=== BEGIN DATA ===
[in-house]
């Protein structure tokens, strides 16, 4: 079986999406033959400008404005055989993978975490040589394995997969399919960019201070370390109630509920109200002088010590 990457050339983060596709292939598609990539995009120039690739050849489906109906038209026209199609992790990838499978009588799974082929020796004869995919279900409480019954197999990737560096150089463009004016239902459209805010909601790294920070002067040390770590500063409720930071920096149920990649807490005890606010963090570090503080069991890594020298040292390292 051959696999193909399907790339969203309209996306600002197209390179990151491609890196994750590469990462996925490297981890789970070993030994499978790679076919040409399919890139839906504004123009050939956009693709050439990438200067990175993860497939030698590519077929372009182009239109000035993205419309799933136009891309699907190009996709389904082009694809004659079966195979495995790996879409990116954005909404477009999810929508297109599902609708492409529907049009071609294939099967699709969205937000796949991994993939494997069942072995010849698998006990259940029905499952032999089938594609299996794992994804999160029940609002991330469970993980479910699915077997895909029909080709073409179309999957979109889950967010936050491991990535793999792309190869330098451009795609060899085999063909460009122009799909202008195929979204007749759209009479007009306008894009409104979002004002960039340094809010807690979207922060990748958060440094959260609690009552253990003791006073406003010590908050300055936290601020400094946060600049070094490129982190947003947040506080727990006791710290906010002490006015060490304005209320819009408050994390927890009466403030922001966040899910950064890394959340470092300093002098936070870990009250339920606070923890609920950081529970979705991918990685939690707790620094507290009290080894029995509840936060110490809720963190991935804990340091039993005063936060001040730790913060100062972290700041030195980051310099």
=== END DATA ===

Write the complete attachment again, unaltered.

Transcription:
[in-house]
């Protein structure tokens, strides 16, 4: 079986999406033959400008404005055989993978975490040589394995997969399919960019201070370390109630509920109200002088010590 990457050339983060596709292939598609990539995009120039690739050849489906109906038209026209199609992790990838499978009588799974082929020796004869995919279900409480019954197999990737560096150089463009004016239902459209805010909601790294920070002067040390770590500063409720930071920096149920990649807490005890606010963090570090503080069991890594020298040292390292 051959696999193909399907790339969203309209996306600002197209390179990151491609890196994750590469990462996925490297981890789970070993030994499978790679076919040409399919890139839906504004123009050939956009693709050439990438200067990175993860497939030698590519077929372009182009239109000035993205419309799933136009891309699907190009996709389904082009694809004659079966195979495995790996879409990116954005909404477009999810929508297109599902609708492409529907049009071609294939099967699709969205937000796949991994993939494997069942072995010849698998006990259940029905499952032999089938594609299996794992994804999160029940609002991330469970993980479910699915077997895909029909080709073409179309999957979109889950967010936050491991990535793999792309190869330098451009795609060899085999063909460009122009799909202008195929979204007749759209009479007009306008894009409104979002004002960039340094809010807690979207922060990748958060440094959260609690009552253990003791006073406003010590908050300055936290601020400094946060600049070094490129982190947003947040506080727990006791710290906010002490006015060490304005209320819009408050994390927890009466403030922001966040899910950064890394959340470092300093002098936070870990009250339920606070923890609920950081529970979705991918990685939690707790620094507290009290080894029995509840936060110490809720963190991935804990340091039993005063936060001040730790913060100062972290700041030195980051310099």